Minnesota Power commits to big boost in wind, solar, storage, and more

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On November 10, 2022, the Minnesota Public Utilities Commission approved Minnesota Power’s Integrated Resource Plan (IRP) which will guide the utility’s long-range and short-term investments over the coming years. Fresh Energy, along with our partners, engaged in shaping the long-range plan (docket #21-33) over the past two years to ensure it includes investments in efficient, flexible electric systems as well as investments in wind, solar, and storage. If you would like to learn more about IRPs, check out our explainer blog post, What’s up with Integrated Resource Planning?

Over the past several years, Minnesota Power has done commendable work to reduce its carbon emissions, and Fresh Energy’s analysis showed that it can go even further and faster—which is exactly what this plan will do. Here are the main outcomes of this big Minnesota electric utility milestone.

Coal retirements starting in 2029

Minnesota Power has committed to stop burning coal at its Boswell 3 coal plant by the end of 2029, as well as to plan for the transmission upgrades and other reliability solutions necessary to keep open the possibility of retiring Boswell 4 by 2030, five years earlier than currently proposed by the utility. These retirement dates meet our science-based goals of working to retire all coal in Minnesota by 2030 and balances impacts on the City of Cohasset, where the Boswell plants are located, as well as the people who live and work there.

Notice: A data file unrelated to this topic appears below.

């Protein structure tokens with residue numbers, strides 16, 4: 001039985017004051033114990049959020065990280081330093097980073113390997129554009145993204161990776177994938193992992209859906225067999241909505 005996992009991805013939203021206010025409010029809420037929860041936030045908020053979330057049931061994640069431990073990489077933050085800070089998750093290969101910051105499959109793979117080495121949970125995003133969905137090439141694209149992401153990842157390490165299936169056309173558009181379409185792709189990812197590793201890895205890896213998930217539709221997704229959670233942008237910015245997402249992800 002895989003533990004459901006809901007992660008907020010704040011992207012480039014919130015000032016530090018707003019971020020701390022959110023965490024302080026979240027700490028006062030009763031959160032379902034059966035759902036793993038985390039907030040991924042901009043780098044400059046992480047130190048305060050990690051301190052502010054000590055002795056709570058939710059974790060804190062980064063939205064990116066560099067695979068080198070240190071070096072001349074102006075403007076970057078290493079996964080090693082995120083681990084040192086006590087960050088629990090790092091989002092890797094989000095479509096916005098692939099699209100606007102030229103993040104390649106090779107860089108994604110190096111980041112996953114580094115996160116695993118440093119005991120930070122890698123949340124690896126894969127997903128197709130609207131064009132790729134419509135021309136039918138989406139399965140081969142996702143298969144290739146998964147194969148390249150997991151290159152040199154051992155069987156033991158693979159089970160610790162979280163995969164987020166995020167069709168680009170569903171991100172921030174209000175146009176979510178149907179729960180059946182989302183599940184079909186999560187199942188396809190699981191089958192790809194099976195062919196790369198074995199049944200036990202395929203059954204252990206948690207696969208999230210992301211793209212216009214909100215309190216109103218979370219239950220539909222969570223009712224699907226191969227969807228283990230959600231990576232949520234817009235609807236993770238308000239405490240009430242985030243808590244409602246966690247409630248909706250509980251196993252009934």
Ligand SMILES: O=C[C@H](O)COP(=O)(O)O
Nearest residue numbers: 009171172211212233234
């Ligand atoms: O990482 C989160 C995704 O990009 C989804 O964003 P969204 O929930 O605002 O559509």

Nearly double the initially planned renewables and storage

Minnesota Power’s approved plan will dramatically increase its investment in renewable energy by 2030, including up to 400 megawatts of wind energy and 300 megawatts of regional solar energy. The utility will also utilize batteries to store 100-500 megawatt hours of electricity by 2026. Julie Pierce, Minnesota Power’s vice president of strategy and planning credited federal investments in clean energy from the Inflation Reduction Act (IRA) and the Infrastructure Investment and Jobs Act (IIJA) as key reasons for the utility nearly doubling renewables and adding storage to their long-range plan. With these planned additions combined with the retirement of Boswell 3, Minnesota Power projects that its electric supply will be 70% carbon-free by 2030.

Further study coming for West Duluth’s Hibbard Energy Center

Minnesota Power has committed to further studying the future of its Hibbard biomass plant in the next IRP scheduled for 2025. The health impact report, filed in the IRP process by Fresh Energy and our partners, identified that emissions from Hibbard have disproportionately large health impacts, especially in the Duluth area. Prior to this issue being raised by Fresh Energy and our partners, the public health impacts of the Hibbard plant were largely under the radar.

The future of the Nemadji Trail Energy Center to be evaluated

Minnesota Power’s plan defers a decision on the utility’s role in the Nemadji Trail Energy Center (NTEC) proposed to be built in Superior, Wisconsin until a future proceeding. Fresh Energy and our partners are confident that more time and falling prices for clean energy and energy storage will only further show that construction of a $700 million combined-cycle, high-capacity gas plant in the midst of an accelerating climate crisis is not in the public interest.

Minnesota’s clean energy landscape is changing fast, thanks in part to commitments from large utilities like Minnesota Power and federal investments such as the IRA. Fresh Energy is looking forward to continuing to work with Minnesota Power and the Minnesota Public Utilities Commission on what’s next as the utility strives to meet its goal of achieving 100% carbon-free energy by 2050.